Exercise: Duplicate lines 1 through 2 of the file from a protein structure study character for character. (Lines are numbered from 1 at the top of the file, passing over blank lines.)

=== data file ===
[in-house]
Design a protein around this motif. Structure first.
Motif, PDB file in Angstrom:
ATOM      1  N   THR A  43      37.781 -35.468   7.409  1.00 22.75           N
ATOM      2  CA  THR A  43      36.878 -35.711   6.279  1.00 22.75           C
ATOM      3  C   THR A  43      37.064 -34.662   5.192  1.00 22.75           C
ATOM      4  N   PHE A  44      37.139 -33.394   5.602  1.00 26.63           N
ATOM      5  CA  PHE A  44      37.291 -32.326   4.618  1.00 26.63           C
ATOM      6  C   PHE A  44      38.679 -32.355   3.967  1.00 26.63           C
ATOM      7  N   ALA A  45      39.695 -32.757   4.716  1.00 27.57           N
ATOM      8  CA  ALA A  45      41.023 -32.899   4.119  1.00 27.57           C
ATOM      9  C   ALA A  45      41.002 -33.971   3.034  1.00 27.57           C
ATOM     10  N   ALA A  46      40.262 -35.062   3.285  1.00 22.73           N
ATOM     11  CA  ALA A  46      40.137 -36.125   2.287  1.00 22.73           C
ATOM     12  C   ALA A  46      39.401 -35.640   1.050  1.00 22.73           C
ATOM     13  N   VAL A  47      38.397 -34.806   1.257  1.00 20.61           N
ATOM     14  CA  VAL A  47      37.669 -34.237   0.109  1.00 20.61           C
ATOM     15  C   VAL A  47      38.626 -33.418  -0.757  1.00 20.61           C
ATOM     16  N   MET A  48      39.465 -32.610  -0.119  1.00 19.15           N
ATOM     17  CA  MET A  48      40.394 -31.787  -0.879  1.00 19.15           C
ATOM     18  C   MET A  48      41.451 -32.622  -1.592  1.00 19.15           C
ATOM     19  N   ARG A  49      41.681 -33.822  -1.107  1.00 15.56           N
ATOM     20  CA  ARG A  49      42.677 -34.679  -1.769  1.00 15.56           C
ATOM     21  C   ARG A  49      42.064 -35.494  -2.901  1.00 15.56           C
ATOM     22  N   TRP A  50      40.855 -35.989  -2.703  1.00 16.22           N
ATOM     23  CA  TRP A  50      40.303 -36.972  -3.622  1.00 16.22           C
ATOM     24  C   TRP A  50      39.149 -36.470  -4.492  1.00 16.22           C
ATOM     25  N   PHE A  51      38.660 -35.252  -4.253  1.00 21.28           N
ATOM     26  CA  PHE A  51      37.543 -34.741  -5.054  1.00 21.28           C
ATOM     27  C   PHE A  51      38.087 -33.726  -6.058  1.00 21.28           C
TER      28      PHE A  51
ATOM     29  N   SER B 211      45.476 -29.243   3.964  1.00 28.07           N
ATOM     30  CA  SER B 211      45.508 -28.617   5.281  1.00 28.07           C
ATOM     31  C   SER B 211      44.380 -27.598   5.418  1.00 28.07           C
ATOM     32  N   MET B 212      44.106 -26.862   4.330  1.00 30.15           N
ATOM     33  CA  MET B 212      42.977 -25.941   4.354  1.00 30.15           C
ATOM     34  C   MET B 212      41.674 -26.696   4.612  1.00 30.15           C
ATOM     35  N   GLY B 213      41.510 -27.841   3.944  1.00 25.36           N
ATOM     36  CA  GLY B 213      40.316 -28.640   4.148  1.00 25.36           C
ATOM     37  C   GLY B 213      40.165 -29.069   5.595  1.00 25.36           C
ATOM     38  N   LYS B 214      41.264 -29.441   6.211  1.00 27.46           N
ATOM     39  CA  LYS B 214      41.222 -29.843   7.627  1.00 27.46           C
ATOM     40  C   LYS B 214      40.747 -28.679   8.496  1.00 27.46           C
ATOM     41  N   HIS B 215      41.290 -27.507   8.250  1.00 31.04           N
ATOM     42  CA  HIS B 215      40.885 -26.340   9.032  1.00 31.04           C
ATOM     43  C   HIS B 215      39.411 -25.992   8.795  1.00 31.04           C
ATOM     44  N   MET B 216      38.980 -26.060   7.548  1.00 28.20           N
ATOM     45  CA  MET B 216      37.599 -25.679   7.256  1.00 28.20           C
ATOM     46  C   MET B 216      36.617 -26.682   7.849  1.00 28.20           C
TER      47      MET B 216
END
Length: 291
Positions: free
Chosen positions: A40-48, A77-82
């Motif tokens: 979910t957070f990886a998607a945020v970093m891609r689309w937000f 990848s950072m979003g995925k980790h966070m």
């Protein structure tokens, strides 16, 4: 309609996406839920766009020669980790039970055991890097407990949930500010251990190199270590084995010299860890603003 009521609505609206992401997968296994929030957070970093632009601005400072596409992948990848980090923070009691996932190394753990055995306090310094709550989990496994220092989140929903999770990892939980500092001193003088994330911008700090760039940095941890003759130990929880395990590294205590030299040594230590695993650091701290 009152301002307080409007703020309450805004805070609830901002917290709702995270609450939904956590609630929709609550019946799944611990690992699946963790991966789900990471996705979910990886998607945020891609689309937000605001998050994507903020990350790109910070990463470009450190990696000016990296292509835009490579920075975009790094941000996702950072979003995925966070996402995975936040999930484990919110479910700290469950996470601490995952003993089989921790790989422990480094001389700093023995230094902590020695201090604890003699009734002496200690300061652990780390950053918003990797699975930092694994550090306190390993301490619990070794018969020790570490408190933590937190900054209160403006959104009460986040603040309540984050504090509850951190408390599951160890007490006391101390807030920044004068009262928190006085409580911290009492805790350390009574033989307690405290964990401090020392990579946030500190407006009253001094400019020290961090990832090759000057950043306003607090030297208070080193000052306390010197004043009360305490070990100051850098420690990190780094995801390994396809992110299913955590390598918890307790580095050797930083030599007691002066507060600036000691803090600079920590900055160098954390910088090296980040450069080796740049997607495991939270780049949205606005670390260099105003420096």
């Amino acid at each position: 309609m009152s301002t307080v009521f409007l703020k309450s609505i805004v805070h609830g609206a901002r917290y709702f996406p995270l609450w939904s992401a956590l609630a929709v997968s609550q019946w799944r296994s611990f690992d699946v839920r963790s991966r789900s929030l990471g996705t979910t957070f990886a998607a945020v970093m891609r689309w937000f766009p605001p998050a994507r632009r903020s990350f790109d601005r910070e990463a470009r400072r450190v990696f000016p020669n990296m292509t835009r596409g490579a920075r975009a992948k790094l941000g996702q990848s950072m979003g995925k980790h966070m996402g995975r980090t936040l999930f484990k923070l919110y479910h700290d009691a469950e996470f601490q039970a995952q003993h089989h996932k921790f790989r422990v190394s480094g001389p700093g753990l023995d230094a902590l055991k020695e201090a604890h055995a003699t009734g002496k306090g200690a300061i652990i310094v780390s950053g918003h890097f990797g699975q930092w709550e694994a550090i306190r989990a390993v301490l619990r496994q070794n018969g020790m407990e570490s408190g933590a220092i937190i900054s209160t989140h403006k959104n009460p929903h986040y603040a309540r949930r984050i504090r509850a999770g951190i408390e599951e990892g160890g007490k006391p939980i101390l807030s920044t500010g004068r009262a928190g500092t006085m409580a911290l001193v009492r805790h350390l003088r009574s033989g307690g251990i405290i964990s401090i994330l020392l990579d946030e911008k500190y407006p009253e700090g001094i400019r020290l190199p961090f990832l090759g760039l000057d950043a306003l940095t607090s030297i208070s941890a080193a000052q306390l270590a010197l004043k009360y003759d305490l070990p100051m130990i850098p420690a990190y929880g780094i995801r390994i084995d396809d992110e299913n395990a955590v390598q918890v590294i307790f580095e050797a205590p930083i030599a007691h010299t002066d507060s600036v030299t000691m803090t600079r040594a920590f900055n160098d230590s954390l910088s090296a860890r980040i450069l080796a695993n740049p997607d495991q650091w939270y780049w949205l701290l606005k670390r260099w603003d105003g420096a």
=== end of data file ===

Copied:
[in-house]
Design a protein around this motif. Structure first.